The Greatest Obstacle to Your Experience of Oneness is Your Mind

The Greatest Obstacle to Your Experience of Oneness is Your Mind

Most of us perceive ourselves as an isolated fragment of the Great Intelligence. We mistakenly believe that the fear and conflict that we normally experience due to this feeling of isolation is “normal,” because everyone experiences it. Yet this state of mind is caused by compulsive thinking. We are attached to the projection of ourselves from the mind/ego. Incessant mental noise prevents us from seeing ourselves as the wholly connected, still and calm sea of Infinite Wisdom that we are. This is what Eckhart Tolle tells us in Practicing the Power of Now, and it is also my message in The Power of the Elevation of Consciousness: Soul Restructuring.

When was the last time that you stopped thinking – about what you have to do, where you need to go, what people you need to talk to, or even rehashing memories of what happened to you in the past?

If you are like most people the experience of “no-thought” or suspended thought is so rare, you may not have had the chance to experience this state of being at all.

Because we are constantly thinking of what will happen in the future or what has transpired in the past, we are trapped in the illusion of the shadow self. This is the self that was created by previous experiences and is shaped by anxiety about what we are to become.

The Soul can only be its true self when it is in the Now. This is why so many of the exercise and tools used in The Power of the Elevation of Consciousness: Soul Restructuring aim at stopping incessant thought patterns. These patterns can be extremely detrimental to your health and well-being. It is only in the present moment that Infinite possibility can arise. This is the point of all creation. The creation of health, vitality, joy, happiness, fulfillment, etc. all come in the present moment. They are not able to survive in a reactionary state of mind.

Oneness with the Infinite literally strips our DNA of all faulty thought-patterns and thus changes how we manifest in the material world.

The mind’s incessant ruminations come between us and the perfect relationship, between us and our most elevated Self. Between us and nature. Between us and the entire Cosmos. We are not separate, but we begin to believe that we are. This is the root cause of all disease and suffering.

A single wind can blow the blossoms of a cherry tree away, yet we cling to the blossoms. We cling to the tree. We cling to the past while the present is infinitely available to us.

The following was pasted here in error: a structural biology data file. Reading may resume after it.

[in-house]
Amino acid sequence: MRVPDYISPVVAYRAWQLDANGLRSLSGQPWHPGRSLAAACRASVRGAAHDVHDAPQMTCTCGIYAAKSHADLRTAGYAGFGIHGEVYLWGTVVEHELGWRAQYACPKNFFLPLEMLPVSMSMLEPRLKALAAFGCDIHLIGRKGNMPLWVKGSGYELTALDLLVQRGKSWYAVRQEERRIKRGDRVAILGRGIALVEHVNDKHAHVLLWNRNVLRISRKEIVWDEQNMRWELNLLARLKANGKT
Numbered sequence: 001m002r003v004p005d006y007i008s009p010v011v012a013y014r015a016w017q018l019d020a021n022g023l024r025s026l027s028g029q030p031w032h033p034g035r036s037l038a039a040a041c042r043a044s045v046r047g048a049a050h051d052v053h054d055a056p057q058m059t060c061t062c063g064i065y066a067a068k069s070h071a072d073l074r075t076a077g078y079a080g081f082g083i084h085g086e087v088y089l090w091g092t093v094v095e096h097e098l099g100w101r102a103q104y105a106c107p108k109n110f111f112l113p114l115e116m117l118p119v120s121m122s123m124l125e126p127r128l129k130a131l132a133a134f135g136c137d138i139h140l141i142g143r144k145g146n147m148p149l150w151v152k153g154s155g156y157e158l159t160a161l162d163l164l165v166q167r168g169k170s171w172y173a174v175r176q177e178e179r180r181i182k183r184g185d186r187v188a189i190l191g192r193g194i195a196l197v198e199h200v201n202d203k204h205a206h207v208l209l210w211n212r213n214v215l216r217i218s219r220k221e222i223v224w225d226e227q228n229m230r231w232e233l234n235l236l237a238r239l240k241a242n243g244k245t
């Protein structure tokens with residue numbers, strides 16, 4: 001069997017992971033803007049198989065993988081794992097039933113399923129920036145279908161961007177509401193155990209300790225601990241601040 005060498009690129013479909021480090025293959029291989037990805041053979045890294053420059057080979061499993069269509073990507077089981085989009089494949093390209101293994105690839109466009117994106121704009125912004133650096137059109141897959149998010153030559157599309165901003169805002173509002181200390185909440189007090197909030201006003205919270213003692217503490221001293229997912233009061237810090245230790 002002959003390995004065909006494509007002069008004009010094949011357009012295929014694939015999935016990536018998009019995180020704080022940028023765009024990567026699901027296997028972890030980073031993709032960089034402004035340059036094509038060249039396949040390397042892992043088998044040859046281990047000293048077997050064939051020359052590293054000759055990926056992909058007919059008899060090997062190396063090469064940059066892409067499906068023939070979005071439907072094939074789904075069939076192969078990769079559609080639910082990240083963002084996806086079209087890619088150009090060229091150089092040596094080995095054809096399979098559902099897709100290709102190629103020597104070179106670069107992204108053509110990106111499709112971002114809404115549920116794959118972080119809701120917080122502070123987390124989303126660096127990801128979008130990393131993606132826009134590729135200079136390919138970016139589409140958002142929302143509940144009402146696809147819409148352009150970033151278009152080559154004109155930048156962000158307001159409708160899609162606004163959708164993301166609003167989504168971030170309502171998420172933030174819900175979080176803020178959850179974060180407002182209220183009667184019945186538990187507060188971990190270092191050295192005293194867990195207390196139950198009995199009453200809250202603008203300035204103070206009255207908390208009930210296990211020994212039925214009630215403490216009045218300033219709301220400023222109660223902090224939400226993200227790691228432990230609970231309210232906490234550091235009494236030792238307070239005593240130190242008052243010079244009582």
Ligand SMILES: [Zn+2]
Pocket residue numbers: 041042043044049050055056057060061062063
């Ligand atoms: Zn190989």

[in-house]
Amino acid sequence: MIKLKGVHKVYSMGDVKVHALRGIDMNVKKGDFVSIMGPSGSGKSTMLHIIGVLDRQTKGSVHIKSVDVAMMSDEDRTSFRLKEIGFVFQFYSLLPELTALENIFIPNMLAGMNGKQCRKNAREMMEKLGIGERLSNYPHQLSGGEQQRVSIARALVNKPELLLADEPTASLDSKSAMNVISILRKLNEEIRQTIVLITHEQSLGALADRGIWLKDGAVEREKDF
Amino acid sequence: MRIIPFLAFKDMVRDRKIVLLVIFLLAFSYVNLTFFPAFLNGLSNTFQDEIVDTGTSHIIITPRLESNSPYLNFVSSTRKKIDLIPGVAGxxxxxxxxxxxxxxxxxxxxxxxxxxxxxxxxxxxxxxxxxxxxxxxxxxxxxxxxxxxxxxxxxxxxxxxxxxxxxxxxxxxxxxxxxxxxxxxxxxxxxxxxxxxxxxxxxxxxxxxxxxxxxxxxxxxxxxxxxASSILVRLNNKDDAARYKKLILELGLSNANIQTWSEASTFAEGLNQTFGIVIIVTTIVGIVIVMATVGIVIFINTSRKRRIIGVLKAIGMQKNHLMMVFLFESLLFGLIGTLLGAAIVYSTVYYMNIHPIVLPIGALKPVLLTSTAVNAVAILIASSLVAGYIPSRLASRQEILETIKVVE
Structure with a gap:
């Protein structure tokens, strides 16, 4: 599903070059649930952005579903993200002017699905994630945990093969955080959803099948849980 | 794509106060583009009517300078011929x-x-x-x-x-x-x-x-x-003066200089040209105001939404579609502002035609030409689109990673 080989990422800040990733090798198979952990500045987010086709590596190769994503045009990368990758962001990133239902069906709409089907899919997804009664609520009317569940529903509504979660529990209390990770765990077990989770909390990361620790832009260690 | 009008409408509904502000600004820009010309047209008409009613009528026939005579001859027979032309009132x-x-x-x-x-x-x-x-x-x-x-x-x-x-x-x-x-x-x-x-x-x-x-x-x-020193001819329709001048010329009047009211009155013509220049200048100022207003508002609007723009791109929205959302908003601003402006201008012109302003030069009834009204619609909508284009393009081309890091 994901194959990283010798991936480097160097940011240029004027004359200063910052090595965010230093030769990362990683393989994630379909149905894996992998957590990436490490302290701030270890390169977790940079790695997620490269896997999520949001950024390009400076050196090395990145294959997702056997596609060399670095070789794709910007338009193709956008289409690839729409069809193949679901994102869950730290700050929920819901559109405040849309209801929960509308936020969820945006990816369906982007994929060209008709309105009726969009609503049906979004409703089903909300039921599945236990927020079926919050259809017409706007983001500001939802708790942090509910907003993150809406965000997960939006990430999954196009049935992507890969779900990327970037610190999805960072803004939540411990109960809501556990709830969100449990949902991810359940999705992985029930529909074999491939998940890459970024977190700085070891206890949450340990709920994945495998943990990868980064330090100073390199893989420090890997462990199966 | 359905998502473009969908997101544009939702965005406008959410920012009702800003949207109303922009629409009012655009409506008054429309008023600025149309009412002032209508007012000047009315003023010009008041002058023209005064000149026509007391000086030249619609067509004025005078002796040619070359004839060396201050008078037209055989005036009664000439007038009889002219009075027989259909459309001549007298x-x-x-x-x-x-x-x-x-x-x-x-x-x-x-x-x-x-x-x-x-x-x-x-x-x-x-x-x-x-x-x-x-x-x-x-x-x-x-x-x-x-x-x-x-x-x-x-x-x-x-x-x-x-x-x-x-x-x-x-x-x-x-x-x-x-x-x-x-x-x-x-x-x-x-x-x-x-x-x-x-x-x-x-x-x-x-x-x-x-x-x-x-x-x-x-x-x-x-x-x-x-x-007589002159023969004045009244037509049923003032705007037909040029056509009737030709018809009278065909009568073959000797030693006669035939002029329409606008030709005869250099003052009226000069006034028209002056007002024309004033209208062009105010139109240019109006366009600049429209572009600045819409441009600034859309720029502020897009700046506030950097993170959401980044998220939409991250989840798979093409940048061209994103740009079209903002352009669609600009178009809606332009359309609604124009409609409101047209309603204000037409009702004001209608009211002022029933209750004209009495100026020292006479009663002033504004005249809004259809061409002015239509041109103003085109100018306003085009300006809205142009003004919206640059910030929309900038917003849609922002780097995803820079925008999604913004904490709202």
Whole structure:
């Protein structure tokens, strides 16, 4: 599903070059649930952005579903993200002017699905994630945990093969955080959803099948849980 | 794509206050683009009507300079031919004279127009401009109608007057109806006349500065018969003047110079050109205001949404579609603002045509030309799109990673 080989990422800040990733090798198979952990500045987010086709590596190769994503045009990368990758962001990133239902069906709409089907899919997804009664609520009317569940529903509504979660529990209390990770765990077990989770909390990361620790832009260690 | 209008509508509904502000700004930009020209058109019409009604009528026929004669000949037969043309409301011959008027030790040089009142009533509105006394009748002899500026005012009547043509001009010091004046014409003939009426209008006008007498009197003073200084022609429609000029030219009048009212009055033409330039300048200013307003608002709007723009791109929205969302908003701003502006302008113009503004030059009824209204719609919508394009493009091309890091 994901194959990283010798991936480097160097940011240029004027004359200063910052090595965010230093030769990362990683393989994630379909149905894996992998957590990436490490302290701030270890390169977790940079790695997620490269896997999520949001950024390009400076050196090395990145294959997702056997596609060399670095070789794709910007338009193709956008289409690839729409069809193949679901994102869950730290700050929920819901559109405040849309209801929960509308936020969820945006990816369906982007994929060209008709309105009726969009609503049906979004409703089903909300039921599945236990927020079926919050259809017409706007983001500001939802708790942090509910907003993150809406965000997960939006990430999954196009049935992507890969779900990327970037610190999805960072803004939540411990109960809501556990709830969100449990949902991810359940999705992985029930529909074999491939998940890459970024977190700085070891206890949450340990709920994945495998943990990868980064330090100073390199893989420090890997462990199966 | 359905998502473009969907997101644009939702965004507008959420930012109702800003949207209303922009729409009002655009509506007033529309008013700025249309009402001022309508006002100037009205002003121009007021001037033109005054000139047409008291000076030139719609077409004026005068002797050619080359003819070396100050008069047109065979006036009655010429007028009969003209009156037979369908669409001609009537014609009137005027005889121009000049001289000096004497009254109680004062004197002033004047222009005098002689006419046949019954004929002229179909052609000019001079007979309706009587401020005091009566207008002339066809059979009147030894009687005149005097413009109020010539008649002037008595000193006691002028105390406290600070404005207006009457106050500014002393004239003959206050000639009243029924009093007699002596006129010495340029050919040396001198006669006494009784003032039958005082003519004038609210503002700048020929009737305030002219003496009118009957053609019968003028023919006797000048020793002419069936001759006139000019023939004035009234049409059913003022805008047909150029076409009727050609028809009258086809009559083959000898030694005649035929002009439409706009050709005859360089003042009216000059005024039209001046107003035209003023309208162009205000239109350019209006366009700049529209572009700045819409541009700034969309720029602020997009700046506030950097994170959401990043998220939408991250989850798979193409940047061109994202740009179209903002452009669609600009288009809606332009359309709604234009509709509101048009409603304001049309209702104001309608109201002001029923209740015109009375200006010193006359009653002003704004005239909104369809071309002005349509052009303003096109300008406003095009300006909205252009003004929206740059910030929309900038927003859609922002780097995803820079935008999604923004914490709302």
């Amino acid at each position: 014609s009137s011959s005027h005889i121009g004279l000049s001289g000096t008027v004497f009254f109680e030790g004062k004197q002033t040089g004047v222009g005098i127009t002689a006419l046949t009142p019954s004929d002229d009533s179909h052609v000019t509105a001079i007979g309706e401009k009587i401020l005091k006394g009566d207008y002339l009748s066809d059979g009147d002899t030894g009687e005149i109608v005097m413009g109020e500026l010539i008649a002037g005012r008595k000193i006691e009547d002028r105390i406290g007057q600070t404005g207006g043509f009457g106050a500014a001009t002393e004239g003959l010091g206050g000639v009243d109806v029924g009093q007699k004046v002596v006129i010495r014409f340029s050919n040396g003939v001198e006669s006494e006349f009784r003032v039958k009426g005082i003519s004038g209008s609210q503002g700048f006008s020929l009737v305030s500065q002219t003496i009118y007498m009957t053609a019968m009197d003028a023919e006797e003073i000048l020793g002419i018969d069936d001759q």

When we sit in silence and stillness and are able to stop thought, we realize that no job loss, divorce, health challenge, loss of friendship, financial challenge, or even death is permanent. Miraculously, we also stop reacting to life’s challenges and learn new ways to cope with challenges – sometimes learning how to mollify them completely!

The next time life feels frustrating or out of control, ask yourself a simple question. When did you last have no thought? Though you may find it difficult to stop thoughts completely, you can practice slowing them down. Try these things to help yourself come closer to no-thought:

  1. Write things down that you tend to obsess or worry about, and then let them go. Writing something down will help you to empty the mind. Keep a journal handy, and if possible do this first thing in the morning. It will clear your head of extraneous worries. Handwriting is also better than typing into a computer or smartphone as there are more neural pathways involved, which will cause you to stay more present with emotions that arise.
  2. Spend time in nature. Nature’s rhythms are often slower paced than those in an urban environment and can help you tune into a calmer mind.
  3. Use a mantra. It can be any repetitive sound that helps you focus your mind. ‘Aum’ or ‘Ah-so’ are common simple mantras, but you can also use ‘Love,’ ‘Peace,’ or ‘Calm.’
  4. Try cognitive distancing. Our minds tend to convince us that something is true, even when it isn’t. Try putting some space between what you believe is true and what is. Think of an alternative scenario.
  5. Focus on your breath. One of the easiest ways to get present quickly is by focusing on your breath. Each breath is created anew. When your mind wanders, simply say to yourself, “thinking,” and bring your attention to the breath once again.
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